Why COVID-19 can’t beat a good hand-washing
Researchers are still working to understand how deadly COVID-19 is and how it spreads. But they know one thing for sure: Washing your hands is the key to minimizing the novel coronavirus’ powers of destruction.
Hand washing really, really works—and not just during outbreaks of new respiratory viruses. It also helps prevent the spread of a wide variety of disease-causing microbes, known as pathogens, from food-borne diseases like E.coli to flesh-eating bugs. And it works to contain the spread of illness whether you’re the one who is sick or you’re trying to avoid catching something in the first place. (It even works better than hand sanitizer, so lay off the Purell unless you’re on the go).
“Hand washing with soap for 20 seconds is one of the single most important practices to protect yourself, your family, and your community,” says Matthew Freeman, a professor of epidemiology and global health at Emory University.
On a purely physical level, hand washing works by actually removing the microbes from your hand thanks to some basic chemistry. Soap is what’s known as a surfactant, which means it breaks down the oils and dirt on your skin; water rinses the broken-down oils and dirt away, carrying microbes along for the ride. “By rubbing your hands together you create the friction to get the oils off,” Freeman says.
Washing your hands with just water can help a bit if the alternative is not washing your hands at all, but it’s way less effective than scrubbing with suds.
But why does this simple practice work so well to prevent the spread of contagious disease? After all, washing your hands regularly (and properly—see here for instructions) might seem like it’s just a first step. Everything around your hands is still covered in potentially pathogenic microbes.
Again, the answer is pretty basic: your hands touch the world, and they also touch you (and your face. Stop touching your face.) If you are sick, washing your hands regularly makes it less likely that you’ll spread pathogens from your hands to the things you touch, where they can be picked up by others. If you’re not sick, you can pick up microbes on your digits and carry them to your mucus membranes, like your eyes, nose, and mouth. (Stop. Touching. Your. Face.)
People have known about the effectiveness of hand washing for hundreds of years, says Freeman—even if they didn’t know why it worked. For instance, many of the world’s religions promote hand washing as a ritual practice. In the 19th century, as Western physicians stumbled toward an understanding of the germ theory of disease, hand washing slowly became an important thing to do in medical settings (though it was initially shockingly controversial). But it took much longer to get hand washing to the general public, says Freeman. It’s only in the last 40 years or so that public health authorities have started working hard to convince people to wash their hands after leaving the house, before eating, and even—eek—after using the bathroom.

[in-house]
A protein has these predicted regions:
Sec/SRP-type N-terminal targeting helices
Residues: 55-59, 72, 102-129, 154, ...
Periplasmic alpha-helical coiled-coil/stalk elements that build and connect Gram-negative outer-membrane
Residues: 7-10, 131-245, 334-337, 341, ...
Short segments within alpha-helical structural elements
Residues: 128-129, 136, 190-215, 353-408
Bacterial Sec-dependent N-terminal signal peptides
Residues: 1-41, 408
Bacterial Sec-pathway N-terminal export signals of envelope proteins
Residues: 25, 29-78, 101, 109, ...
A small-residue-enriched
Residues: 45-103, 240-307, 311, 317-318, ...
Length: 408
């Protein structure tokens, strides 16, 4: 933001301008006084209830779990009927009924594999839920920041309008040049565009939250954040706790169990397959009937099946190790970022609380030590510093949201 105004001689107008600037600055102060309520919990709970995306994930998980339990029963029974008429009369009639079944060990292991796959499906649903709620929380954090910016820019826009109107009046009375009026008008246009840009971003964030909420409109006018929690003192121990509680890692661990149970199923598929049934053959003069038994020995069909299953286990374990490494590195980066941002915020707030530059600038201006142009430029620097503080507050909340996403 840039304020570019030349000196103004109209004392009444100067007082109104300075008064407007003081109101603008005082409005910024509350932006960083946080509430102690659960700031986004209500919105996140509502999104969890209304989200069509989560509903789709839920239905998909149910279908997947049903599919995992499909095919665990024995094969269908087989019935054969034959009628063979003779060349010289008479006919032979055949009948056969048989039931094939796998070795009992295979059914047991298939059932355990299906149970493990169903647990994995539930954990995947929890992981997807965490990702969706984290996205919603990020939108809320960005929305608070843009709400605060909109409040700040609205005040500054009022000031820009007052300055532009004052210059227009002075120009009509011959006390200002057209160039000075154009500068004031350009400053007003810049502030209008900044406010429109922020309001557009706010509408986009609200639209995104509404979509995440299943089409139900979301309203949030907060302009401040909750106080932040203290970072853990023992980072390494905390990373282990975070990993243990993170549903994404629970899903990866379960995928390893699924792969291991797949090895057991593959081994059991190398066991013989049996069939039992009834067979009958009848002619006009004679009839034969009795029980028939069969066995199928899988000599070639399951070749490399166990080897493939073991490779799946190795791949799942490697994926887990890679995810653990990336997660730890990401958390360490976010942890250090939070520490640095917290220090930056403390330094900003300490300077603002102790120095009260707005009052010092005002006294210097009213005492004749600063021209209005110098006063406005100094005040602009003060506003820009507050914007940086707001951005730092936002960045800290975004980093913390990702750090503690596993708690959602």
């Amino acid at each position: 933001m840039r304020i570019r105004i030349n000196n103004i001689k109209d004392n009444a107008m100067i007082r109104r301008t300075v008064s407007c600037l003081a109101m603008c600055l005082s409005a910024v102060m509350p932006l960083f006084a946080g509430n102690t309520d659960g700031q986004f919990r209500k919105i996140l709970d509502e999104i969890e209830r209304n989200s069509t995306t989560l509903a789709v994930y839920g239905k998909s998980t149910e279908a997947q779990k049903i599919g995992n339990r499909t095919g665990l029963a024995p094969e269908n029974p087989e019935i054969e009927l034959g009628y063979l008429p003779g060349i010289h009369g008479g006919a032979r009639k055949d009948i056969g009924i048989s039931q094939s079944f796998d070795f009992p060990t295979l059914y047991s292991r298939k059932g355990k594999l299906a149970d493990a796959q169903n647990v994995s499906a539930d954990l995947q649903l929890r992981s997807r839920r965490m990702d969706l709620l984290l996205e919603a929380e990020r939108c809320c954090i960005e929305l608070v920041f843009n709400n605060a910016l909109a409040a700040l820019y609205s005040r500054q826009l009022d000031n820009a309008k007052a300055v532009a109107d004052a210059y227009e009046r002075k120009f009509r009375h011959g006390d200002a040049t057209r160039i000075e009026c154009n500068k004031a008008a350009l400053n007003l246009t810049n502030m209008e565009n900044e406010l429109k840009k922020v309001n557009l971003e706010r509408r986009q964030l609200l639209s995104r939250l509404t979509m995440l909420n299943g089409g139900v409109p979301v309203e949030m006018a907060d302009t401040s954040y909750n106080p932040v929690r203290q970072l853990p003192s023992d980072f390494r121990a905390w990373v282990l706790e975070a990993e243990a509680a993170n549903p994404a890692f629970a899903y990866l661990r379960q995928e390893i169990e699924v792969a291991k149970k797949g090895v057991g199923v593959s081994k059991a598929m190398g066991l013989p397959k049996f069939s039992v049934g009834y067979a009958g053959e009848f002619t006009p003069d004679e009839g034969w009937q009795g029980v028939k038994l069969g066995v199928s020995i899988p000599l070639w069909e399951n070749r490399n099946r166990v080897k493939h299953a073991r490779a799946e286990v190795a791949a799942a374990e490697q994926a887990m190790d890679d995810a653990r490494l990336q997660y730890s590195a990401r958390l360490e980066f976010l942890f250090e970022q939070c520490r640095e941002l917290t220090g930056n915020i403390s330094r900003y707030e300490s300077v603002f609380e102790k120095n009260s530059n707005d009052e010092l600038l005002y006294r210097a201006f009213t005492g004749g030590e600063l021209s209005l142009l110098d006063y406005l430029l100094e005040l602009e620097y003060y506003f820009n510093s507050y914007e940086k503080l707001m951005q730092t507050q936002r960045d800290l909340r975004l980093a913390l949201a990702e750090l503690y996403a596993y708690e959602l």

Wash your hands, with soap, for about 20 seconds: it’s a simple recipe for good health.
But “possibly because it’s something that people know they should do, it’s very hard to get a sense of how many people actually do it,” he says. Research has shown that, globally, only around 19 percent of people wash their hands after using the bathroom. But there’s not a lot of data out there about how often people wash their hands at other times, and some studies indicate that even supposed-hand-washers don’t regularly subject themselves to the proper 20 to 30 seconds of sudsing.
Right now, you’re probably seeing a lot more hand washing (and a lot more thorough hand washing) than you’re used to. That’s because all of the messaging in the news and elsewhere about COVID-19 reminds people to wash their hands. But you should really be doing it all the time.
“Changing practices and habits are really hard,” Freeman says. Consider creating what Freeman calls a “cue to action” that encourages hand washing at key times, such as when you enter your house from the outside world. It could be as simple as placing a note where you hang up your keys. Freeman and his wife (who also studied hand washing practices) placed a sticker on the back of their first child’s highchair to remind them to wash her hands before they all sat down to dinner.
This outbreak is likely to change your hygiene habits for the better, and there’s no reason not to change them permanently. “Wash your hands like you’ve been chopping jalapeños and you need to change your contacts,” one Canadian health official said recently. Wash early, wash often, and wash well. And don’t touch your face. Seriously.
Written by Kat Eschner for Popular Science and legally licensed through the Matcha publisher network. Please direct all licensing questions to firstname.lastname@example.org.